It is often said, when analyzing poems, that alliteration is the effect created by using successive words beginning with the same first letter, which is true, but which does not actually identify why the poet has chosen to use this technique or what effect is derived from it. A clue when we are trying to understand this is to identify which letters are being used alliteratively, and what difference this makes. For example, alliteration on the letter "s" creates a sibilant, snakelike quality and suggests whispering; in the same way, the letters which alliterate here give different sound effects and suggest different images to the reader.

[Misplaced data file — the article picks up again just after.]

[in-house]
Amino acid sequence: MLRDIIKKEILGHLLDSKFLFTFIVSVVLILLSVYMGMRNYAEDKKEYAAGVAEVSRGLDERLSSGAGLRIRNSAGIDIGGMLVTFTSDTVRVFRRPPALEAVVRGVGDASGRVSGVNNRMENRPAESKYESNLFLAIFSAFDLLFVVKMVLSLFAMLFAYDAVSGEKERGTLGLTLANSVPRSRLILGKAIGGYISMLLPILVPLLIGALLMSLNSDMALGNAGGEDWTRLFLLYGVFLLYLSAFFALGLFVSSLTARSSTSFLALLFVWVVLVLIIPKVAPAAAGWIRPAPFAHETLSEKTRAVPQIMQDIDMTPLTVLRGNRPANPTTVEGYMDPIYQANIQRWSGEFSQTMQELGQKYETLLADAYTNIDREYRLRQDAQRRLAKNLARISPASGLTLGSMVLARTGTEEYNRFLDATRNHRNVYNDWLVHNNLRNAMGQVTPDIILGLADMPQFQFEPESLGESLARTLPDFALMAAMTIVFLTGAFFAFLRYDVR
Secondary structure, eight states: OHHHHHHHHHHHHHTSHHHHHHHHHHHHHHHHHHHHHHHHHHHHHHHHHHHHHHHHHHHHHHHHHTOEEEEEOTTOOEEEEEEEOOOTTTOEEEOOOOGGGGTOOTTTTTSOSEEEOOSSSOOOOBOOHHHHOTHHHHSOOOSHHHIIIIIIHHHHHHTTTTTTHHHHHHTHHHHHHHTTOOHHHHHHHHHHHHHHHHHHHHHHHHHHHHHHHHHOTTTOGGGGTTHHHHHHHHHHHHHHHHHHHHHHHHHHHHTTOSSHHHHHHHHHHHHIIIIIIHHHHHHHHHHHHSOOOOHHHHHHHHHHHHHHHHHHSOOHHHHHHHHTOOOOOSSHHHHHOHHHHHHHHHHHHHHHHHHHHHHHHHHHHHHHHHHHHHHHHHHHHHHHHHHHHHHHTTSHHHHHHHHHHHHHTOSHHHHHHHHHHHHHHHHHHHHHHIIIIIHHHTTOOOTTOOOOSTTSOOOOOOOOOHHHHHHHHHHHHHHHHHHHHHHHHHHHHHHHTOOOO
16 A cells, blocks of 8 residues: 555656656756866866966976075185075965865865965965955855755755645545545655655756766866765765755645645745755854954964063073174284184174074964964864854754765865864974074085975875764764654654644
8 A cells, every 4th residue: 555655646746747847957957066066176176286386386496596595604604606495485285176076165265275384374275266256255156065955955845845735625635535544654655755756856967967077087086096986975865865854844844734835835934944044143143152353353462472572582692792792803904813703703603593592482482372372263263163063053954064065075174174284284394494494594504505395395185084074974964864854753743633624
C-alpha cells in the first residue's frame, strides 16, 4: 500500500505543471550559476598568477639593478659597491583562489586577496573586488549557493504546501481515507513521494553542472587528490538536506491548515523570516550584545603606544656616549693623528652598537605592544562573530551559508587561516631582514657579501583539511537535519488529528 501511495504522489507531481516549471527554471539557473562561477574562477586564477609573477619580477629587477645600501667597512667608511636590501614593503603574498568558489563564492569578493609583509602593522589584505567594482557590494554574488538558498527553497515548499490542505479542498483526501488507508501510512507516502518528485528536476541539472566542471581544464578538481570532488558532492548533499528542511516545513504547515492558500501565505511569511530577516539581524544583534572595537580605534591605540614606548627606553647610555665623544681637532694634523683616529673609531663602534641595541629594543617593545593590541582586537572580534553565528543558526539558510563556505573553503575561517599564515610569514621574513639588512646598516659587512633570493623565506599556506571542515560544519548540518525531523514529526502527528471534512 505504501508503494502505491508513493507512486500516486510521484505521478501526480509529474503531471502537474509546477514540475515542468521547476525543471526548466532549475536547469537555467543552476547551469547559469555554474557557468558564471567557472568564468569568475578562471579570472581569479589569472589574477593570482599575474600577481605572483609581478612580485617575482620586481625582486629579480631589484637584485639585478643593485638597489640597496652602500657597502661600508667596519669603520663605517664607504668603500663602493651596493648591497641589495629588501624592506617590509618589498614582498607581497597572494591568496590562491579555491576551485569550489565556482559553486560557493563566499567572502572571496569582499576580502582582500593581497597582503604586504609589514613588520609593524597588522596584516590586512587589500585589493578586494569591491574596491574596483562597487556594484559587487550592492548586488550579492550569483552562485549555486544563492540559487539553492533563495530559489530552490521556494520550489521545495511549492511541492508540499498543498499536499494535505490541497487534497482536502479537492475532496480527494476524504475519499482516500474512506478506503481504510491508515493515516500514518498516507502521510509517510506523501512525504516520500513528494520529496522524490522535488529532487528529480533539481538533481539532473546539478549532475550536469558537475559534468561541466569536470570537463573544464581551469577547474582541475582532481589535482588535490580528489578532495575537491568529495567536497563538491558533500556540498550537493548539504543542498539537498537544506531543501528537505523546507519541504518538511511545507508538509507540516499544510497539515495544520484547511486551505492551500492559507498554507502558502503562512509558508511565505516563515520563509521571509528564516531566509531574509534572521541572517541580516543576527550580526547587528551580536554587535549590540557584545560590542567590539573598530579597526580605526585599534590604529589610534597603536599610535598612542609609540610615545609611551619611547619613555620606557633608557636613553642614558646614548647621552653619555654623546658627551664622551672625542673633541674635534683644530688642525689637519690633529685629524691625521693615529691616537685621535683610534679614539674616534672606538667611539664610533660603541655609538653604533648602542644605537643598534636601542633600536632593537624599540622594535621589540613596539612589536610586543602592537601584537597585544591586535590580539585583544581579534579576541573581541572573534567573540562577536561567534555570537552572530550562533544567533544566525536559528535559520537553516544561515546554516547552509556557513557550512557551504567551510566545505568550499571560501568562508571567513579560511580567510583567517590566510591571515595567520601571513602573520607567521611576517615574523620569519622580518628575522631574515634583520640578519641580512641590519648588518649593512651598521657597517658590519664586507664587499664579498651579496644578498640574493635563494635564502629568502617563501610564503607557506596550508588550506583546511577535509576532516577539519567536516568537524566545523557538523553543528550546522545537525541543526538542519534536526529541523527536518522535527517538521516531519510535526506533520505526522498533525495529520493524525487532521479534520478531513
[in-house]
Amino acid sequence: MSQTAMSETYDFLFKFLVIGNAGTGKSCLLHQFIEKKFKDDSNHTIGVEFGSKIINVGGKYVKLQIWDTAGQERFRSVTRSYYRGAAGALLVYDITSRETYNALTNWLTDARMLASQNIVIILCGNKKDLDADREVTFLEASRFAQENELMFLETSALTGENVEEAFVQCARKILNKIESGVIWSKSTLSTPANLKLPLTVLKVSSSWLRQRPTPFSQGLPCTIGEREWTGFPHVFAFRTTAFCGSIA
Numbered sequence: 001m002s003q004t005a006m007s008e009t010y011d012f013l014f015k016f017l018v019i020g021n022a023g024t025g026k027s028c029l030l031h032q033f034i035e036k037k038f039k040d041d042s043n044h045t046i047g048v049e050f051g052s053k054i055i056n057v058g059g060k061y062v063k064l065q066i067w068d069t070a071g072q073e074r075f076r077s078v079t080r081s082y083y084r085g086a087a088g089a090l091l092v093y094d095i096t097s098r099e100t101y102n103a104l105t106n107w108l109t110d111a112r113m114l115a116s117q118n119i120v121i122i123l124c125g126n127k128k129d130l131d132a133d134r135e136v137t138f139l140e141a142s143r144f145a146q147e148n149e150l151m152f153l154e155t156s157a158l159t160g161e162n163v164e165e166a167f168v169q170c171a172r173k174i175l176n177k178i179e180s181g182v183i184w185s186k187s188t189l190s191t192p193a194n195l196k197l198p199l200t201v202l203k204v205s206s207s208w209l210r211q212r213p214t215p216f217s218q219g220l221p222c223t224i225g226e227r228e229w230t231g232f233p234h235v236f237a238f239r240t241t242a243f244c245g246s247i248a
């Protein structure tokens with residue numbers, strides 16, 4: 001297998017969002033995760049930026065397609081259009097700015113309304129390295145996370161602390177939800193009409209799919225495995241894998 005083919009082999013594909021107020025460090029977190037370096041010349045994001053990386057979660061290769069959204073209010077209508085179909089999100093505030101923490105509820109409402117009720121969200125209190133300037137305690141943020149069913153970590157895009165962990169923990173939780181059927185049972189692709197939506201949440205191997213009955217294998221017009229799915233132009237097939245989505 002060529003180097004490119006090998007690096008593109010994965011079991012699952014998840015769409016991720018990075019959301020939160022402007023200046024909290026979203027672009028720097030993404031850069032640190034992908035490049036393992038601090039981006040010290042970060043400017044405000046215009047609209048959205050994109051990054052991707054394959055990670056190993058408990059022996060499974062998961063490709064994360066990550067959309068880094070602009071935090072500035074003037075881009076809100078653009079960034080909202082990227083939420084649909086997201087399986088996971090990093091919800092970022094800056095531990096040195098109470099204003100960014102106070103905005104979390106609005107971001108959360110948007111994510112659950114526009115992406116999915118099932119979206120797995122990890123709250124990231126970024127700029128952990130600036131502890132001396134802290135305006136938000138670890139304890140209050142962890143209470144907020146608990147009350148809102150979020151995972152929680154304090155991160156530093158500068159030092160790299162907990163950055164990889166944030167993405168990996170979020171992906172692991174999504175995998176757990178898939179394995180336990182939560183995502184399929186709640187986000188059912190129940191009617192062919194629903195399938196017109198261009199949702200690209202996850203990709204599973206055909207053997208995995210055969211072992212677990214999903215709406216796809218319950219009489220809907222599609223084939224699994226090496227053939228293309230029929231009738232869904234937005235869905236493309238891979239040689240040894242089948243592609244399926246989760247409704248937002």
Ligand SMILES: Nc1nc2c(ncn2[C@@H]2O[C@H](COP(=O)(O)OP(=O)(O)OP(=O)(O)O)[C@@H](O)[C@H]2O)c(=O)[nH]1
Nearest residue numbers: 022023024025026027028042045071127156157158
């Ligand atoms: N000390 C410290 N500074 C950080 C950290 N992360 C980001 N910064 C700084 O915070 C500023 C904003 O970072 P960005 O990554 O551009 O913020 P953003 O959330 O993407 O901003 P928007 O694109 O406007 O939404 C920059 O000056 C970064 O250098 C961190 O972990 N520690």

The repeated "n" sound, for example, is staccato in a way that seems to imitate the nodding the speaker is doing as he tries to stay away, "nearly napping": it seems to evoke the feeling of one's head drooping forward and then being jolted to alertness again. The "n" sound is also contrasted directly, through the use of rhyme, with the "t" in "tapping." "T" is a very clear and sharp sound which seems to evoke the feeling of being pulled back sharply to alertness.